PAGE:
Inside: The Road to Ballybunion
William Jefferson Clinton recognized a good omen when the afternoon sun finally broke through the slate gray skies as his motorcade neared Ballybunion Golf Club.
It was September 5, 1998. Back home, the impeachment drama was reaching a crescendo: The president was just three weeks removed from admitting his affair on television to a rapt and revolted nation; only two days earlier he had been denounced as "immoral" on the floor of the Senate by Joseph Lieberman. Yet the sexual shenanigans holding his fellow Americans in thrall were proving to be of little consequence in rural Ireland.
Sweeping along the freshly resurfaced laneways of County Kerry, the president saw hedgerows lined with colorful billboards declaring Ballybunion Welcomes Bill Clinton. In the town itself, the Stars and Stripes seemed to hang from every window, with twelve in particular conspicuously fluttering atop a rundown nightclub. "That was such a special day for me," Clinton would later remember. "Every little Irish village I went through on my way to Ballybunion had people in the streets, and all their stores had been repainted. It was just so beautiful and so unbelievable."
Even the name proving so inescapable at home was discreetly excised from the celebrations, as Monica's Hair Salon became, for one day, the President's Shop, hawking coffee mugs and T-shirts. "Beautiful," sighed Maria Finucane, the local who has organized the Ballybunion International Bachelor Festival for twenty years. "The village will never look so good again."
To an embattled American president fighting for his political life, the little Irish village was indeed a blessedly benign sight. Of course, he was oblivious to the forces that even at that moment were hard at work to use the presidential visit for their own purposes. In particular, he had yet to meet the wily Irish huckster who, though Clinton didn't know it, was attempting to turn the First Golfer into Ballybunion's own Local Hero.
The village of Ballybunion, population about 1,500, sits atop the rugged coastline where the River Shannon meets the Atlantic Ocean, about as close to America as you can get and still be in Ireland. In summer, Main Street--really the only street--lures a few golfers seeking shelter from the usually harsh elements in bars like Shortis and Tony's 19th. In winter, it is so desolate you can almost hear dogs barking in the Bronx.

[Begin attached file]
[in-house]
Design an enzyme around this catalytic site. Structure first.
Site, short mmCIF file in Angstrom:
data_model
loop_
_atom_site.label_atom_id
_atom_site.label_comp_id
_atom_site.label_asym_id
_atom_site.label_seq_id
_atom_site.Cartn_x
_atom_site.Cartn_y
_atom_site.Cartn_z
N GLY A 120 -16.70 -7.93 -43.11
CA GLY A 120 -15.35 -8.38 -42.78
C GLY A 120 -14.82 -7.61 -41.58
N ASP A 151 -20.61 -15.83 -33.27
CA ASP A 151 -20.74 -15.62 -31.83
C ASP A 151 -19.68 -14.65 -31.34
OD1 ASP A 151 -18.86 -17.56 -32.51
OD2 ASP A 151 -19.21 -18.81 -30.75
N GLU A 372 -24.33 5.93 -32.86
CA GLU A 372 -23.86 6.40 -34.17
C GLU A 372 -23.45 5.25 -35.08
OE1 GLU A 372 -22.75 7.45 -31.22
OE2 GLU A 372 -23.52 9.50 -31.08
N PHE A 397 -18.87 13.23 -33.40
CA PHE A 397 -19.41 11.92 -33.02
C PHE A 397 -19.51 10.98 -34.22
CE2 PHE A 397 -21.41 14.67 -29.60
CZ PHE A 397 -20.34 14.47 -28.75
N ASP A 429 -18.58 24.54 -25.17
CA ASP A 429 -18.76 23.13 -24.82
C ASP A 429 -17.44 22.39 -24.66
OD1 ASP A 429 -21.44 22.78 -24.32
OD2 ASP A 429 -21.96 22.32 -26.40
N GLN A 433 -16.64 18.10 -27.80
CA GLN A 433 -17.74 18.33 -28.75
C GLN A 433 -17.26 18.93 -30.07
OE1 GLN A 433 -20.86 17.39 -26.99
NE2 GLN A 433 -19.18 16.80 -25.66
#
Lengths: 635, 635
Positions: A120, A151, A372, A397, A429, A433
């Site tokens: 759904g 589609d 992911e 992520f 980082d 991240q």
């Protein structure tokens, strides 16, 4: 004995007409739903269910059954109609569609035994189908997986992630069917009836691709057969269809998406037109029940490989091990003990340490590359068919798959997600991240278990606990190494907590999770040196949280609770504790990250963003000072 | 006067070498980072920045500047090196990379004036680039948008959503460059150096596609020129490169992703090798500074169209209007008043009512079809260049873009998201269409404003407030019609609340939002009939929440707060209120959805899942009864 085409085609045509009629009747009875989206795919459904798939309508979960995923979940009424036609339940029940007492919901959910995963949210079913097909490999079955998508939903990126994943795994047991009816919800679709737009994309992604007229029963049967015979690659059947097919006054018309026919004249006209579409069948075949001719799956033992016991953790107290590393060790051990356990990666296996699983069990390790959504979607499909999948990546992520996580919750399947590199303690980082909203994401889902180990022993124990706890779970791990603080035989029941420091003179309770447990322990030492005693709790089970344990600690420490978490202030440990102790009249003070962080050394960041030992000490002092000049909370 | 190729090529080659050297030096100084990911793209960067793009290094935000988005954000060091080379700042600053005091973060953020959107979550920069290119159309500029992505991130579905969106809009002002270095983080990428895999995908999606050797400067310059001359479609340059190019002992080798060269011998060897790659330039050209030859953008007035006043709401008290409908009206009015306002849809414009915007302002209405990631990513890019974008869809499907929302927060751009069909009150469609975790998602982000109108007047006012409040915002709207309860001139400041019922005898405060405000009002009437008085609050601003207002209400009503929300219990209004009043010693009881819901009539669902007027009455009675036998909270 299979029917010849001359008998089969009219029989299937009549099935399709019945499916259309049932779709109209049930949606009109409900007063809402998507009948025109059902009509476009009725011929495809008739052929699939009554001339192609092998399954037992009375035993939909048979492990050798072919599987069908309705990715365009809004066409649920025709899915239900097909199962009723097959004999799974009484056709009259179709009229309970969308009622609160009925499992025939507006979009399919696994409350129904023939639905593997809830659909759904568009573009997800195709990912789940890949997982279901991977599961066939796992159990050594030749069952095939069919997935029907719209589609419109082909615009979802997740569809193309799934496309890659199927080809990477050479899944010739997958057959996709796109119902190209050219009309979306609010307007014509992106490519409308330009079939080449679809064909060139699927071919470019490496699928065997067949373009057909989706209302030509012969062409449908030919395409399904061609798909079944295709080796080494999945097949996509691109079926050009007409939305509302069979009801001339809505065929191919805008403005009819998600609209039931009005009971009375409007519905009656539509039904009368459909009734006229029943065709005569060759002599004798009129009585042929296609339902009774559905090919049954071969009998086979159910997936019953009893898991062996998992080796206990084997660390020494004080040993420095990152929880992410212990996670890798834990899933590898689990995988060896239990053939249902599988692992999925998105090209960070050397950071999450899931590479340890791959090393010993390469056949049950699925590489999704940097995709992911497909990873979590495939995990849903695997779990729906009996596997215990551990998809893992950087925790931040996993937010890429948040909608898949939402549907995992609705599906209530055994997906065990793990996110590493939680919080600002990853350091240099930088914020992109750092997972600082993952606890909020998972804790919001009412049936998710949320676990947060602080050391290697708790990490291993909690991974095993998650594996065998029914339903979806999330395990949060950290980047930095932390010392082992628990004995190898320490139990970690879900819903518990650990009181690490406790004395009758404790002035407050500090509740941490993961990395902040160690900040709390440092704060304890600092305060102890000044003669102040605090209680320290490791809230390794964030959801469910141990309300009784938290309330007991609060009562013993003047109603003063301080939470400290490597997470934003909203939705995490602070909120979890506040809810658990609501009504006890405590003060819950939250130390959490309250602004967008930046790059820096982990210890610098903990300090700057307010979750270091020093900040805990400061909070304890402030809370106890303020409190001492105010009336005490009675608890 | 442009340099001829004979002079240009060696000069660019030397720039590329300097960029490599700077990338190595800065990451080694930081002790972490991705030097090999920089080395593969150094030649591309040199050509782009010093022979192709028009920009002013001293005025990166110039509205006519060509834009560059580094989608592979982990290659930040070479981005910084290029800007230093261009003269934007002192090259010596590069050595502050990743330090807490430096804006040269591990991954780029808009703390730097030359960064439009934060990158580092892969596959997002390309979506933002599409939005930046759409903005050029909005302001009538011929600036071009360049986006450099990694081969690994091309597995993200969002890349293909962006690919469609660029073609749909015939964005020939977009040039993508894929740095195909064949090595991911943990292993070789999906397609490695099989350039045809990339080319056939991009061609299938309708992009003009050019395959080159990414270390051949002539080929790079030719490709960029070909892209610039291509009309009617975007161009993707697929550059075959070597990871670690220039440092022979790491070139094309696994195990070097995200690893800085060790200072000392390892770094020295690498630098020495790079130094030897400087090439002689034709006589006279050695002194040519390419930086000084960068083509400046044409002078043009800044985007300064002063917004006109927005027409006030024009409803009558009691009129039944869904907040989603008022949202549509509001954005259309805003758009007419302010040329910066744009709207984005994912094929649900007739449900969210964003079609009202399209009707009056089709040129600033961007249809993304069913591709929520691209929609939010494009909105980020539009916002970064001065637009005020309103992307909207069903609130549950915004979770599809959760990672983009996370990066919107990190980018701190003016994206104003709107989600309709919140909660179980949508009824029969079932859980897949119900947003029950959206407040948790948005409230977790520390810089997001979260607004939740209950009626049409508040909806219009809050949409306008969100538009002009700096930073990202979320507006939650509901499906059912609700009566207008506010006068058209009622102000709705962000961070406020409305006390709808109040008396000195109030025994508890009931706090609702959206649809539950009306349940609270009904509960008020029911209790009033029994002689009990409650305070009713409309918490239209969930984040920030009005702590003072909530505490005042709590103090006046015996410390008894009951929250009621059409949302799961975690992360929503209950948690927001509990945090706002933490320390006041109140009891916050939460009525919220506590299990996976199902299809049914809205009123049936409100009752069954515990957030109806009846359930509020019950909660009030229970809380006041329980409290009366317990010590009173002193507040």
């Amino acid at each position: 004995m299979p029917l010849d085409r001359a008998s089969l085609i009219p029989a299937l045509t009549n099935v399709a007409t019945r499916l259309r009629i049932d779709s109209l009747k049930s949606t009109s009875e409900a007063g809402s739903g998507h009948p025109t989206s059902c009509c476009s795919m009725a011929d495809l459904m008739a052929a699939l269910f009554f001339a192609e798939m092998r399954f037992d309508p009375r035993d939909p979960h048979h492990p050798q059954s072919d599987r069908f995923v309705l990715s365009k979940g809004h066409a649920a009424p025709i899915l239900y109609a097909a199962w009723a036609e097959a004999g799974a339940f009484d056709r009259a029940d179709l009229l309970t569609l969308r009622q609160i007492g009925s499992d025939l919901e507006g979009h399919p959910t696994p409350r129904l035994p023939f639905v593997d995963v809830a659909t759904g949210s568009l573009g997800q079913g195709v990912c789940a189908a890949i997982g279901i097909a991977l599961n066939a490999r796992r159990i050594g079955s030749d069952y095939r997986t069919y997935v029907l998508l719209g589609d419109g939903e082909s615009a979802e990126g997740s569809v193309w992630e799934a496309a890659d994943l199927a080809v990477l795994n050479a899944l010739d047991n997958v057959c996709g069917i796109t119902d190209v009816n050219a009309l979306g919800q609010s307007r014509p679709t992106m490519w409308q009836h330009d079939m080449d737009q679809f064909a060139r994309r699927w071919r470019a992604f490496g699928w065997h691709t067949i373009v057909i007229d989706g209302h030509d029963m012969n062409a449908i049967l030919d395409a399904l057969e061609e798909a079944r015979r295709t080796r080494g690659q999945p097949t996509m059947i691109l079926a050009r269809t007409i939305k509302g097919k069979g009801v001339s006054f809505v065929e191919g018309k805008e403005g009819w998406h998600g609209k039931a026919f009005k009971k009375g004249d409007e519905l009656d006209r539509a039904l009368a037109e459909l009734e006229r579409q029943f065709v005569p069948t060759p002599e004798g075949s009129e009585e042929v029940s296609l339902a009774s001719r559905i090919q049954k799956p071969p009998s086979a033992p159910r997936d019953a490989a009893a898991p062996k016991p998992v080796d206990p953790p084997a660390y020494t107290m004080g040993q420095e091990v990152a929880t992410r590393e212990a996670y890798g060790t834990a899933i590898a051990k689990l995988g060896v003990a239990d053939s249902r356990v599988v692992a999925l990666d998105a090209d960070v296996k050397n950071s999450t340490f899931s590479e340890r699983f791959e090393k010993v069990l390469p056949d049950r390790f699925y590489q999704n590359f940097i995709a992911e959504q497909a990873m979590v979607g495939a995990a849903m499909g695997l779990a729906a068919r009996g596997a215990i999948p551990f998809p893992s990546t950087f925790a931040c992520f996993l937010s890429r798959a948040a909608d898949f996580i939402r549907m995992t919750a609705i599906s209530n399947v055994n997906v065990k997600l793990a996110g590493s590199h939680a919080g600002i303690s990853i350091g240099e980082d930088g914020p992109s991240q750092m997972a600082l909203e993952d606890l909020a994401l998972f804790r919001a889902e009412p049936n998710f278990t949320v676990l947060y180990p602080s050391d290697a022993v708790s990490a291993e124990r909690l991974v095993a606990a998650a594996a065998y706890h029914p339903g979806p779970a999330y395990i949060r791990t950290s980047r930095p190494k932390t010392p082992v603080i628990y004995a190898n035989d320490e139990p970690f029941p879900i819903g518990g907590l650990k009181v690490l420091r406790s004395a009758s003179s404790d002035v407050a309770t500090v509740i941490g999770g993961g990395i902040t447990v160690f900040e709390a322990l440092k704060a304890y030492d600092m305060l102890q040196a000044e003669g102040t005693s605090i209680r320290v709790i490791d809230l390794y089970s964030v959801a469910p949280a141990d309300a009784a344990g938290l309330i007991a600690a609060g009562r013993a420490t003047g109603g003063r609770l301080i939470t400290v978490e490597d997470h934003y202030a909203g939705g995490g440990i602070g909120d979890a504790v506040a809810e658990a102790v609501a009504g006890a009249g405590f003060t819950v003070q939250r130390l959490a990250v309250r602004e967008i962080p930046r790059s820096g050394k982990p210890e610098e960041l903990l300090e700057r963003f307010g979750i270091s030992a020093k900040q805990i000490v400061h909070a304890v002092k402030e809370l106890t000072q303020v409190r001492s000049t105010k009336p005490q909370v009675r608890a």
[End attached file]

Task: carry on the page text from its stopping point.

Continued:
Indeed, as the booming "Celtic Tiger" economy turns Ireland into one of the world's leading software producers, rural communities on the west coast have largely been left to trade on the Ireland of picture postcards: the red-haired colleen dancing a jig with fiddlers playing by a turf fire. County Kerry is Ireland's top destination, but most visitors go south of Ballybunion to the stunning Dingle Peninsula, where the movies Ryan's Daughter and Far and Away were filmed. The one thing the community has going for it is a golf course that is the envy of the world.
Ballybunion Golf Club is more than one hundred years old but was essentially discovered for the rest of the world by five-time British Open champion Tom Watson in 1981, when he played a practice round there that drew a gallery estimated at two thousand. "Tom really put Ballybunion on the map," says Brian McCarthy, a former club captain. Now it's a bona fide links mecca, and club officials estimate that more than half of all visiting players are American. (Not all of them leave: A California man is buried in the ancient cemetery adjacent to the first fairway.)
Somewhere along the line, an enthusiastic American golfer named Bill Clinton developed an interest in the course. Although he had never been there, he apparently owned a course guide and as president often wore a cap that read Ballybunion Golf Club, Established 1893. (Once, the story goes, the hat was lost, and staffers had to scramble to locate a replacement.) By all accounts, Clinton's interest coalesced into concrete desire on Martha's Vineyard in 1994, when Dick Spring, Ireland's then deputy prime minister, took advantage of a break in the negotiations for a cease-fire in Northern Ireland to invite the president to play the legendary links.